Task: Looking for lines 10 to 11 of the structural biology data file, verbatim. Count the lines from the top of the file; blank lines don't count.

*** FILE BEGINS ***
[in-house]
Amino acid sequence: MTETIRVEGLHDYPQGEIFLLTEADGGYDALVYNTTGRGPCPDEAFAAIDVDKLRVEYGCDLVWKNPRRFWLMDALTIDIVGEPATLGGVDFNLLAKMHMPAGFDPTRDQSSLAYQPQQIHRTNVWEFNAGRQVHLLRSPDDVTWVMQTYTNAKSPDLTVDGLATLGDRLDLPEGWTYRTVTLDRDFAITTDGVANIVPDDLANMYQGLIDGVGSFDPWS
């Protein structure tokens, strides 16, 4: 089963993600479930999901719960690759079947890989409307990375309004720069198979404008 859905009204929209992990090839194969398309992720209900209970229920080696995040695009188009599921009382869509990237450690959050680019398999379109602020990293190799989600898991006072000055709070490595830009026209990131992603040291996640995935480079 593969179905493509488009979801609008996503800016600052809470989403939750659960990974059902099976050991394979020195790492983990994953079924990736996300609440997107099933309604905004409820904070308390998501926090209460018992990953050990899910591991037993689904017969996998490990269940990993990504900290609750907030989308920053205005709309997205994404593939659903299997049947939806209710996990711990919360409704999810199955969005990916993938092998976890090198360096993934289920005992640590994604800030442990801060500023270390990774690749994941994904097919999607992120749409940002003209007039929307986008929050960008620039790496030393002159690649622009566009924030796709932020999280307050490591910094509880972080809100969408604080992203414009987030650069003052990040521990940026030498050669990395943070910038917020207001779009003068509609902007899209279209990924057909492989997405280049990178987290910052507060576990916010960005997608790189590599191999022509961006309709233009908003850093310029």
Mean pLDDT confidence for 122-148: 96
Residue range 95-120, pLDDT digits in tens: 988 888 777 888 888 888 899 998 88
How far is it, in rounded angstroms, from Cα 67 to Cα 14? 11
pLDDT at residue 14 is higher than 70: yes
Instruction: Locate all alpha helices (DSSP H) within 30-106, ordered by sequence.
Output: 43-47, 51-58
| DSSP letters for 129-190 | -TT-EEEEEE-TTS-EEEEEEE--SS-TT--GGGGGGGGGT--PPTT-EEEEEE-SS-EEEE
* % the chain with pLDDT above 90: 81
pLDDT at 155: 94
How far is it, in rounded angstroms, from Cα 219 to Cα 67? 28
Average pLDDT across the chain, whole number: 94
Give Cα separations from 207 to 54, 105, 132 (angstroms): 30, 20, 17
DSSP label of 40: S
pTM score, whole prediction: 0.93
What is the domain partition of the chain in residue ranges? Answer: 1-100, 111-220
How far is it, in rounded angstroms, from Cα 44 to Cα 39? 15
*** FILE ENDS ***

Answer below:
| DSSP letters for 129-190 | -TT-EEEEEE-TTS-EEEEEEE--SS-TT--GGGGGGGGGT--PPTT-EEEEEE-SS-EEEE
* % the chain with pLDDT above 90: 81